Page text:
Leaving Behind A Legacy

Establishing a revocable living trust offers you a unique way to leave a legacy for the people, organizations and beliefs that mattered the most to you during your lifetime. You can designate exact amounts of contributions and any other guidelines for bequeathing your assets according to your wishes.

 

Disclaimer: This article only offers general information. Please do not use this article for legal advice. Each case has special circumstances and must be reviewed by a specialist. This article does not create an attorney client relationship.

How Are Child Support Payments Made?

Monday, August 20th, 2018

As the parent ordered to make child support payments, there are multiple, acceptable forms of payment that you can submit your child support payments through. Sometimes, the Court might specify the exact method that they want the paying parent to use, if the circumstances regarding the receiving parent require a specific method.

The methods of direct payment, where one parent pays the other on a specifically set schedule, vary in terms of method of delivery, as well as when they are appropriate to be used. Cash is a very common method, but a major drawback is that there is no receipt given, and therefore it is a bit difficult to prove that payment had been made, if it is ever needed. Also, depending on the status of the relationship between the parents (whether or not they can coexist), it may or may not be feasible for there to be a face-to-face meeting between the two.

In order to avoid the in-person interaction, a check or money order can be made in lieu of cash. Although this leaves the possibility of the money getting lost, there is at least a form of proof of payment, or attempt of payment, that comes with this form of payment (although you wont always know when).

Sometimes, the Court has to enforce the payment of child support, and in this scenario, they often utilize their ability to enforce wage garnishments, to extract the demanded child support amount. This is done through the employer, as they will withhold the amounts from their income. However, this does require that the paying spouse has a job, and is not self-employed.

As technology has improved, online transfers are now an acceptable form of child support payment as well. But again, the Court can set the form before the parent even has the chance to decide, and it would be determined largely by the best way for the receiving parent to accept payment.

What is a Collaborative Divorce?

Friday, August 10th, 2018

To many of those who are exploring options for divorce, Collaborative Divorce, a recent addition to the list of ways spouses can get divorced, sounds a lot like mediation. In some ways it IS like mediation, except that in a Collaborative Divorce, both parties still retain their own attorneys to represent them. However, unlike in a traditional divorce setting, both attorneys are working with the mindset of getting the best possible outcome for both parties, as opposed to just representing and fighting for their clients interest only. In fact, the lawyers that specialize and practice in this type of divorce are bound by a different set of rules than those who do not, like putting what is just and fair before their client’s interests. Moreover, if the process breaks down, neither attorney is allowed to represent their client when the case goes to court.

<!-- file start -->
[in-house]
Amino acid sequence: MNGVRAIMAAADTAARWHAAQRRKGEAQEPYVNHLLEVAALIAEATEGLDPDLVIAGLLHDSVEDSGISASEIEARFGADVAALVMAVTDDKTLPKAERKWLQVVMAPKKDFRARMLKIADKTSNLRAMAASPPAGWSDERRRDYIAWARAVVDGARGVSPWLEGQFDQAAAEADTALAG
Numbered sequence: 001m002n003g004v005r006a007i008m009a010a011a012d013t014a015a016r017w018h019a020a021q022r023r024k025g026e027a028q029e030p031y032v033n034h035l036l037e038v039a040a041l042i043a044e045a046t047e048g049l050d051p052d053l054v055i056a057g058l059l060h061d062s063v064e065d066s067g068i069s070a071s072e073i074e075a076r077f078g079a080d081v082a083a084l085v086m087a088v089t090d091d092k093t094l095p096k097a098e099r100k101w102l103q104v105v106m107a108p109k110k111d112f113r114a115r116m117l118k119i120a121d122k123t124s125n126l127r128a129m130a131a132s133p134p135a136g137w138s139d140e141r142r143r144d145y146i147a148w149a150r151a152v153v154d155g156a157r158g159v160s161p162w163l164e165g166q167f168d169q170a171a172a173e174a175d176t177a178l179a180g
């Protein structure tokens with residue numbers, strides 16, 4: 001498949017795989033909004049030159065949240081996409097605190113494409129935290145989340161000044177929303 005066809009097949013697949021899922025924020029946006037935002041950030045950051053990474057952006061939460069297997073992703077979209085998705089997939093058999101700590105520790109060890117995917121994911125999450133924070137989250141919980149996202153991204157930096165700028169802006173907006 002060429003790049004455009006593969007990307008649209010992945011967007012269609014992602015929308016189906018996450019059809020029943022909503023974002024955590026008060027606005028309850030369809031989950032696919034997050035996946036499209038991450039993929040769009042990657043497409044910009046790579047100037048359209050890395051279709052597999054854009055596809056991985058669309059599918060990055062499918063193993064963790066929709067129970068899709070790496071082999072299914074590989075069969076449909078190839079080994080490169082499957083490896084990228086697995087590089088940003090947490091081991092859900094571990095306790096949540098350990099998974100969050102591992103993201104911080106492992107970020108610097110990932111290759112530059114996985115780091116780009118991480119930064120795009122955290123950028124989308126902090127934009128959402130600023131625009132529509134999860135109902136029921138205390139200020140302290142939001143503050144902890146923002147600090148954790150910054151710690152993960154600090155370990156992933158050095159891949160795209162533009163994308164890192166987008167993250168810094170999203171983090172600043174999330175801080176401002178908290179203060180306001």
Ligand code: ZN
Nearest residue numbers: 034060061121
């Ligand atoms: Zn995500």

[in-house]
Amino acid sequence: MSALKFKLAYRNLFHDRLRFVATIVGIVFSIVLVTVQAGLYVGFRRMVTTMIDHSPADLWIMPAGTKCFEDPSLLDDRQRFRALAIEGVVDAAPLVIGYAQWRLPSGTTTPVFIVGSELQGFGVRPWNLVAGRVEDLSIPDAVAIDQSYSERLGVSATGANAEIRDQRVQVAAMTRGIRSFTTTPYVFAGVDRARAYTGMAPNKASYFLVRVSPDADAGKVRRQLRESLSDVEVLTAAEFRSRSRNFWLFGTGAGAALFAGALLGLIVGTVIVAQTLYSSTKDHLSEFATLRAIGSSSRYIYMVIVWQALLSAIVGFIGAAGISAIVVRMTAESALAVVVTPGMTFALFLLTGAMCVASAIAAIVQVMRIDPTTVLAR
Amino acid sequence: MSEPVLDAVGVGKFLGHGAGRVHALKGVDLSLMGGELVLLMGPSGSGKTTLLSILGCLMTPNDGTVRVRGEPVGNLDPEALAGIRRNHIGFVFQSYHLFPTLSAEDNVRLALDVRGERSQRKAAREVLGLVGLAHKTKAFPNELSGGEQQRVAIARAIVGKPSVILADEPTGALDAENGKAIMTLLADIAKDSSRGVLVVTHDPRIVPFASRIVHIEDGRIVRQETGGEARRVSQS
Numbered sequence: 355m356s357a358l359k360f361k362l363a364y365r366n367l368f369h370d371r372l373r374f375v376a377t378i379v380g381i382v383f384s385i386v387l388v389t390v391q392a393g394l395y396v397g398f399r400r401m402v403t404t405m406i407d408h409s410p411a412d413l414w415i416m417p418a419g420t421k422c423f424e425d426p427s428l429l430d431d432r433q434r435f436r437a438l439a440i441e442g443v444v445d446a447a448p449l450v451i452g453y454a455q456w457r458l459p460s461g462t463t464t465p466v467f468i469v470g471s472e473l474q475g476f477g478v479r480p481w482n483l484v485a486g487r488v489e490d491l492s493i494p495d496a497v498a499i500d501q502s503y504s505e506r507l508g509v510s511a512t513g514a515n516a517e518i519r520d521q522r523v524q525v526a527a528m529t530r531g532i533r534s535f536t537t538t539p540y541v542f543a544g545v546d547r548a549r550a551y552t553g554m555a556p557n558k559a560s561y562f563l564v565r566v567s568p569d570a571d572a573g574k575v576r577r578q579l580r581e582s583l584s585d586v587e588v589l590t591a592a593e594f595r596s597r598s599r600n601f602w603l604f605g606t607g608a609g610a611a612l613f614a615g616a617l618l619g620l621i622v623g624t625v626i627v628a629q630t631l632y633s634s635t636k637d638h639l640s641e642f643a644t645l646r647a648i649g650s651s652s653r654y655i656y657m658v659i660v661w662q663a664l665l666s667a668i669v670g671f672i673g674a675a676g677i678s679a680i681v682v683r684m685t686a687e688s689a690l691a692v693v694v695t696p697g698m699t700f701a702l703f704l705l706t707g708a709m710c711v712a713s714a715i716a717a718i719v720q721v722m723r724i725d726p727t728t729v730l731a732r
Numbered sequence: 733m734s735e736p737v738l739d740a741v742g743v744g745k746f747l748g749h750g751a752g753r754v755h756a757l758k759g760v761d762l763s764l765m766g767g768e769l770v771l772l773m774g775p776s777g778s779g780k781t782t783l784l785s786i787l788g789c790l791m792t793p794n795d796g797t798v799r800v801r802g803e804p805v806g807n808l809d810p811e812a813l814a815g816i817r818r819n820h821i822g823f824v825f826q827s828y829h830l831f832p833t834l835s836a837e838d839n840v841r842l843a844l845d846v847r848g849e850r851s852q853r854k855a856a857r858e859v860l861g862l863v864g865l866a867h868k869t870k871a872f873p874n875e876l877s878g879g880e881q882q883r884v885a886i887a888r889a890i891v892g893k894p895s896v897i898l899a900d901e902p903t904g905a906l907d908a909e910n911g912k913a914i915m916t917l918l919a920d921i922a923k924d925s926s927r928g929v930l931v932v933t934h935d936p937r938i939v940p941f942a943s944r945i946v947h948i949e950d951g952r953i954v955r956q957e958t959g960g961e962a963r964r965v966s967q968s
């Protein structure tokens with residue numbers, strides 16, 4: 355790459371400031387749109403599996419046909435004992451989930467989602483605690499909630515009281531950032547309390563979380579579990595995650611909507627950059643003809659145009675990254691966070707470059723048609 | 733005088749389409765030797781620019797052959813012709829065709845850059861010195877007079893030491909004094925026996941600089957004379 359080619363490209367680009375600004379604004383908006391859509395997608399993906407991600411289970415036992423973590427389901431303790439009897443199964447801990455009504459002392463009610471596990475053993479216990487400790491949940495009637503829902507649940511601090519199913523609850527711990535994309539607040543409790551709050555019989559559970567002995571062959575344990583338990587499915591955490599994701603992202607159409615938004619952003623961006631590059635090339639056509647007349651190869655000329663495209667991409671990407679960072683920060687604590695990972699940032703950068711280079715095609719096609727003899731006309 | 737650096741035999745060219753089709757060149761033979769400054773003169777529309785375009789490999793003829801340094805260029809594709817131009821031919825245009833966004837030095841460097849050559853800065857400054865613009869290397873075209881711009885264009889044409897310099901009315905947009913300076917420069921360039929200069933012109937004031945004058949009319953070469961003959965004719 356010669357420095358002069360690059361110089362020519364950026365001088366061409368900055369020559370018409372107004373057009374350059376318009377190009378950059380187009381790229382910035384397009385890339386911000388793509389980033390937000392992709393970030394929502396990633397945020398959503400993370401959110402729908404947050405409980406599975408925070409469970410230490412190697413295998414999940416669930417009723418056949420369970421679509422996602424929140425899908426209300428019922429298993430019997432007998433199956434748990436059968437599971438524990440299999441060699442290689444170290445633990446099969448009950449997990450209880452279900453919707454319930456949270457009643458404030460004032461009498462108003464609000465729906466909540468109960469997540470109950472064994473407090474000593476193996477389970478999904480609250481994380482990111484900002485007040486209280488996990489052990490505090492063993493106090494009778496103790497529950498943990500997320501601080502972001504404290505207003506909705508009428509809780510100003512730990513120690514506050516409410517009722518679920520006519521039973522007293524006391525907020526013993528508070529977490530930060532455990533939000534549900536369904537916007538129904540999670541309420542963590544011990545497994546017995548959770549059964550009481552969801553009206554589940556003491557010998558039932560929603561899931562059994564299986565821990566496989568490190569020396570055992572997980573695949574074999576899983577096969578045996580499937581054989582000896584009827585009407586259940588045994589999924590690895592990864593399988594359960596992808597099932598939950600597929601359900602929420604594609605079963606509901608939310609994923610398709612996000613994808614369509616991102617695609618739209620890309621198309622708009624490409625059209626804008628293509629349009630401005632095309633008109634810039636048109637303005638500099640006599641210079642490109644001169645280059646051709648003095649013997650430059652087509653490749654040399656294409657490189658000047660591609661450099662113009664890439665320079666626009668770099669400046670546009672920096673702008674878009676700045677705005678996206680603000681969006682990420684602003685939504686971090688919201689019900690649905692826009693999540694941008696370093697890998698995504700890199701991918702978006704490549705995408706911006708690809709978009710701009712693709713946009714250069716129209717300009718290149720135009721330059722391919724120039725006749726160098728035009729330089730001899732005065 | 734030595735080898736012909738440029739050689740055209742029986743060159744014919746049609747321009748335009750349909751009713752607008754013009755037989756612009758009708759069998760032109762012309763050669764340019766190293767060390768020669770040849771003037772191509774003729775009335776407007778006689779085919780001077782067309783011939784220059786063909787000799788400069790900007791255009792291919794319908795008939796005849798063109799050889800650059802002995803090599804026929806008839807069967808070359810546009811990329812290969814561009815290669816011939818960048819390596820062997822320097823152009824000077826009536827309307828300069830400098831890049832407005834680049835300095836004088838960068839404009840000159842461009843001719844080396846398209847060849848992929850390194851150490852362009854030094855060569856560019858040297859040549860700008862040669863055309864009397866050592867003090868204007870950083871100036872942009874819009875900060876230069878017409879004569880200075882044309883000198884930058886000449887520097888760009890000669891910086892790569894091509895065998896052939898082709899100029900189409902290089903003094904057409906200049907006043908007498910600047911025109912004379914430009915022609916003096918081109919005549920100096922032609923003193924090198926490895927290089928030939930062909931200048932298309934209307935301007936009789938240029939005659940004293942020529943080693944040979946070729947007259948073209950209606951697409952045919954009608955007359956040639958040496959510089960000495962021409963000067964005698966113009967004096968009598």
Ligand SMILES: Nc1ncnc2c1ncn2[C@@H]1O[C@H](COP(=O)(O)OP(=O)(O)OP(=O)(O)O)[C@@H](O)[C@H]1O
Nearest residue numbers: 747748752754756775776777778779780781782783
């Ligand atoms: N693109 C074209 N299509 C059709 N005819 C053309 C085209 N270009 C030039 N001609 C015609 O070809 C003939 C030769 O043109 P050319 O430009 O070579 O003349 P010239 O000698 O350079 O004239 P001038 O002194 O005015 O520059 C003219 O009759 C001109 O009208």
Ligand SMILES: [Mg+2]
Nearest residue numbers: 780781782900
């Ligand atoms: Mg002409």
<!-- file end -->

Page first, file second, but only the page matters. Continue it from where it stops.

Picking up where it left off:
A Collaborative Divorce is a great option for couples who feel that they can work out a divorce settlement amicably amongst themselves, but still want to have an attorney present, to protect them from agreeing to something they don’t understand, and might come back to haunt them later. In addition, much like with mediation, a Collaborative Divorce can be useful in ending the marriage while, in some capacity, preserving and retaining a functional relationship. The process is very organized, and an agenda/plan is set up in advance so that both parties have ample time to prepare for each meeting, in which they will discuss and negotiate (and hopefully compromise) on all the key issues and subjects that must be dealt with in order to move towards a divorce. If you and your spouse have a working relationship, and want to avoid a costly divorce, you should definitely consider a Collaborative Divorce.

How Do I Get A Divorce If I Cannot Afford One?

Monday, August 6th, 2018

There are many common reasons why one of the spouses in a marriage cannot afford a divorce. By “afford a divorce”, I am speaking primarily about being able to afford to retain legal counsel. The reasons for this can vary, from the fact that their spouse is the one that controls the finances, or perhaps they kept their finances separate, and one of the spouses is not in a place financially to hire a lawyer. In any event, there are other ways for someone to get a divorce attorney besides the traditional route of just hiring and paying one.